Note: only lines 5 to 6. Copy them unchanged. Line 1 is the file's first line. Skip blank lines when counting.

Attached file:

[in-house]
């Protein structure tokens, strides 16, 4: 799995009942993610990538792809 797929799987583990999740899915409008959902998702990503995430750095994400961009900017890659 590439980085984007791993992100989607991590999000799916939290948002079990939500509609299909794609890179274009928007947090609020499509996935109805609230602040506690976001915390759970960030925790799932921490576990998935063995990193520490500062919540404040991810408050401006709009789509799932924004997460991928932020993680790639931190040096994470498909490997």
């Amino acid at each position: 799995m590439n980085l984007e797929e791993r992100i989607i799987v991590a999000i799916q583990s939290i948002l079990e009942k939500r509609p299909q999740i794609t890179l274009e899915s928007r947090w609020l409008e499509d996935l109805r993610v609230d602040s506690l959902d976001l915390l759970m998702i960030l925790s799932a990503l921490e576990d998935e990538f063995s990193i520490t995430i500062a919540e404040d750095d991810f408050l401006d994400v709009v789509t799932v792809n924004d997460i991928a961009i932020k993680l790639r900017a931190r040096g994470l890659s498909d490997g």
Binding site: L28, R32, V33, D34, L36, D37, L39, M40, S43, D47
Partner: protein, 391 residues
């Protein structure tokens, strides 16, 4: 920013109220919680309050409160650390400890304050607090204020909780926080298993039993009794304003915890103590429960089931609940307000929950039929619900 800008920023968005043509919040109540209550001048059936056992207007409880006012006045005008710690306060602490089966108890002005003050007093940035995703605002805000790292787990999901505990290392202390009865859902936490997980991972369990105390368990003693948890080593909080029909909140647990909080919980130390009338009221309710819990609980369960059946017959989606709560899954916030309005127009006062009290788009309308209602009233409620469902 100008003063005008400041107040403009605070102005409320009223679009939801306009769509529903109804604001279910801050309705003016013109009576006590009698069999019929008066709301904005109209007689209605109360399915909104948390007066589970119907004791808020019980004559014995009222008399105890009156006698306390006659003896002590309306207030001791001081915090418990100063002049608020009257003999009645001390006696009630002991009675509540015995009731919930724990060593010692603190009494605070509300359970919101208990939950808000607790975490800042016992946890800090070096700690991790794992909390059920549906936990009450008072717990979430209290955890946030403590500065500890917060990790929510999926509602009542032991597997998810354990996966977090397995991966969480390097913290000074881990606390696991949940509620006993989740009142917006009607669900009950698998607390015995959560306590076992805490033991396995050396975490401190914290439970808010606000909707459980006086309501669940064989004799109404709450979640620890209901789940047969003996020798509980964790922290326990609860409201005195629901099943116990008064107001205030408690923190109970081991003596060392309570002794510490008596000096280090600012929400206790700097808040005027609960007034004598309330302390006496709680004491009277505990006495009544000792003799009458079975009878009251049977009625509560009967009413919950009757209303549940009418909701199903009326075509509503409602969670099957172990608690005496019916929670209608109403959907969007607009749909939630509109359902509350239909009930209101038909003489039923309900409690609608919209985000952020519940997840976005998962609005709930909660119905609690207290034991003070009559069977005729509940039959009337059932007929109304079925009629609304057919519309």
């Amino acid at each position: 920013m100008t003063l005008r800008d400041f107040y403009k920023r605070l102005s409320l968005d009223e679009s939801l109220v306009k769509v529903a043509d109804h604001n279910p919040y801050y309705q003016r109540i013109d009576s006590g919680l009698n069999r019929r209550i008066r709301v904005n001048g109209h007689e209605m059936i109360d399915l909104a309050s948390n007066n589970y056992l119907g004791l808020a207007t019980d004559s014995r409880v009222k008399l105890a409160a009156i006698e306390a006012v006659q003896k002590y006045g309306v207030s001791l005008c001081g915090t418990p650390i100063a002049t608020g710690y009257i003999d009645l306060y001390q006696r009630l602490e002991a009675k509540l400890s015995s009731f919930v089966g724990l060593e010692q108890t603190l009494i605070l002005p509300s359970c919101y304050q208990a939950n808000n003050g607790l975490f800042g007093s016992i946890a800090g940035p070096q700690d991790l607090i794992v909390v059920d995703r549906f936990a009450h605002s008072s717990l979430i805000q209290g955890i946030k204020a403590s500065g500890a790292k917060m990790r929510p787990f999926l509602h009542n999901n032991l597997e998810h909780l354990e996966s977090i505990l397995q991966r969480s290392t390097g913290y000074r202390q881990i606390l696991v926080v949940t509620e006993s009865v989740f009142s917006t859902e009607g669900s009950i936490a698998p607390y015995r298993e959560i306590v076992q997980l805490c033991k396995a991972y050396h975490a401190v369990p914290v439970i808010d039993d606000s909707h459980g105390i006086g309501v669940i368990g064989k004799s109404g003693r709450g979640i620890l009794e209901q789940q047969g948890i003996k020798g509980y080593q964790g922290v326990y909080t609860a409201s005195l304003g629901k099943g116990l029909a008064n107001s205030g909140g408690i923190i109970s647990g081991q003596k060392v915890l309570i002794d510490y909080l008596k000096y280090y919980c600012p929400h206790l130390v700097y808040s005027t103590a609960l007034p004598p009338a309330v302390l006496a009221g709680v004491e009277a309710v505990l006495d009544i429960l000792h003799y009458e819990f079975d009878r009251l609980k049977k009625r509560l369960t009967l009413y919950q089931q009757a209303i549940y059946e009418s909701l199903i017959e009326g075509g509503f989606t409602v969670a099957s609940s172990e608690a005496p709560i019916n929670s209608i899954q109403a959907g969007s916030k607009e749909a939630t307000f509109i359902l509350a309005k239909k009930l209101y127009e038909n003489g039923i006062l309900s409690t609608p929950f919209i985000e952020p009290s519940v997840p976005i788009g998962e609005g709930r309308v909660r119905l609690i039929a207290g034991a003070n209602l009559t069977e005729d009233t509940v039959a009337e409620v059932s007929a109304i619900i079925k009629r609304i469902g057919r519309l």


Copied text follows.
Partner: protein, 391 residues
């Protein structure tokens, strides 16, 4: 920013109220919680309050409160650390400890304050607090204020909780926080298993039993009794304003915890103590429960089931609940307000929950039929619900 800008920023968005043509919040109540209550001048059936056992207007409880006012006045005008710690306060602490089966108890002005003050007093940035995703605002805000790292787990999901505990290392202390009865859902936490997980991972369990105390368990003693948890080593909080029909909140647990909080919980130390009338009221309710819990609980369960059946017959989606709560899954916030309005127009006062009290788009309308209602009233409620469902 100008003063005008400041107040403009605070102005409320009223679009939801306009769509529903109804604001279910801050309705003016013109009576006590009698069999019929008066709301904005109209007689209605109360399915909104948390007066589970119907004791808020019980004559014995009222008399105890009156006698306390006659003896002590309306207030001791001081915090418990100063002049608020009257003999009645001390006696009630002991009675509540015995009731919930724990060593010692603190009494605070509300359970919101208990939950808000607790975490800042016992946890800090070096700690991790794992909390059920549906936990009450008072717990979430209290955890946030403590500065500890917060990790929510999926509602009542032991597997998810354990996966977090397995991966969480390097913290000074881990606390696991949940509620006993989740009142917006009607669900009950698998607390015995959560306590076992805490033991396995050396975490401190914290439970808010606000909707459980006086309501669940064989004799109404709450979640620890209901789940047969003996020798509980964790922290326990609860409201005195629901099943116990008064107001205030408690923190109970081991003596060392309570002794510490008596000096280090600012929400206790700097808040005027609960007034004598309330302390006496709680004491009277505990006495009544000792003799009458079975009878009251049977009625509560009967009413919950009757209303549940009418909701199903009326075509509503409602969670099957172990608690005496019916929670209608109403959907969007607009749909939630509109359902509350239909009930209101038909003489039923309900409690609608919209985000952020519940997840976005998962609005709930909660119905609690207290034991003070009559069977005729509940039959009337059932007929109304079925009629609304057919519309």